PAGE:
Having written on duality, especially that of creation and destruction, I’m thinking of elements in my oldest project. If you look at my blog’s header, you’ll notice the following four symbols:
I have these tattooed on my inner right forearm; they represent four principal deities in Project: Destiny, and also the four domains of magic they govern. The symbols don’t derive any meaning from their shape. They are all manipulations of the orange symbol, the oldest and simplest of them.
Violet represents the duality of creation and destruction. In Project: Destiny, it also is the domain of reality and its boundaries.
Next is black, the color of chaos, secrets and lies. It also represents the future, as entropy dictates that order must descend into chaos; and thus mortality and death.
In opposition, white is the color of order, knowledge and truth; as well as the past. Black and white do not represent good and evil, however. Both lies and truth can be used to either end, as can chaos and order.
Orange is a special color in the world of Destiny. It represents many things, primarily oaths. In the world of Destiny, people are taught to never swear an oath to someone they cannot trust with their lives, as skilled “wizards” can use their power to bind the unwary to fulfill such an oath. Orange also represents language, blood ties, and humanity. This is in opposition to violet, whose power over creation and destruction can be compared to the power of gods.
Four other symbols complete this set, and these are tattooed on my left forearm: one for each of the classical elements of water, fire, earth and air. Together, these make up the eight colors of magic as portrayed in Project: Destiny.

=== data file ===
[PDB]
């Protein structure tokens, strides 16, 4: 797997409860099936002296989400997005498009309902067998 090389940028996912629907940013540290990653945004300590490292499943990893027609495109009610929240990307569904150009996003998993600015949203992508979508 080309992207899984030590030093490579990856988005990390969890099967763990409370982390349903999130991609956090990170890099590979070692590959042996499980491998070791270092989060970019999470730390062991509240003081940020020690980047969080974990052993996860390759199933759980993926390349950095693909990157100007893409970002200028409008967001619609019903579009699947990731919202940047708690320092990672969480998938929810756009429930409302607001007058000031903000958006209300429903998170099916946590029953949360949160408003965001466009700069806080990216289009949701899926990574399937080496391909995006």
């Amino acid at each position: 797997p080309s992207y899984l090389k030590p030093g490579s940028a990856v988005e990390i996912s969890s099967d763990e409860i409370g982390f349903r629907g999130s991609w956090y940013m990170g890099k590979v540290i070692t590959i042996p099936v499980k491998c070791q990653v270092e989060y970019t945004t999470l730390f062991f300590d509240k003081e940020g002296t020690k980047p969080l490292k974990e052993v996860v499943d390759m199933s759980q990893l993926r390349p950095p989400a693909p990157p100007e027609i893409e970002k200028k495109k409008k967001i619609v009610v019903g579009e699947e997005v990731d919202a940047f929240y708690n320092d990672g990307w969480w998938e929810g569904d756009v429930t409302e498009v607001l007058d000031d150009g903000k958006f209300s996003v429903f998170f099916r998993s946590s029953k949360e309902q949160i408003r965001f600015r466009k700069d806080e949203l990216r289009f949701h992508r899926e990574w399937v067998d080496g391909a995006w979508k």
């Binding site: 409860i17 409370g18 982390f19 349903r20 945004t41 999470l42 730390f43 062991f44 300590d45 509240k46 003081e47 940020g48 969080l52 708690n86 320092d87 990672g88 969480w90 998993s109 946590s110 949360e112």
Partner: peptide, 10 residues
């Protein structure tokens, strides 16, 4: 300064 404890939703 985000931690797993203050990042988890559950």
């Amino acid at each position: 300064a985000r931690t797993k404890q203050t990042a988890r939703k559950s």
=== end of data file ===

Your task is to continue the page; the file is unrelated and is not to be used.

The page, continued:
I find it very important that magic have limits. If a character is backed up against the wall only to cast some kind of spell as a last resort, it needs to be realistic enough to be anticipated by the observant reader. If magical folk can spell their way out of any unpleasant circumstance by bending the laws of nature, they quickly become irritating. For this reason, I spend a lot of time on the way magic works in my fantasy projects. What does it cost the user? What can it do? How can it be beaten? When is it not worth the effort?
I feel like a learned a long time ago that for it to be worth the read, fantasy has to be realistic. The best-defined magic system can make all the sense in the world, and no one will give a damn if the characters aren’t interesting or don’t do anything worth reading about. Otherwise it’s all pretty colors without any substance underneath.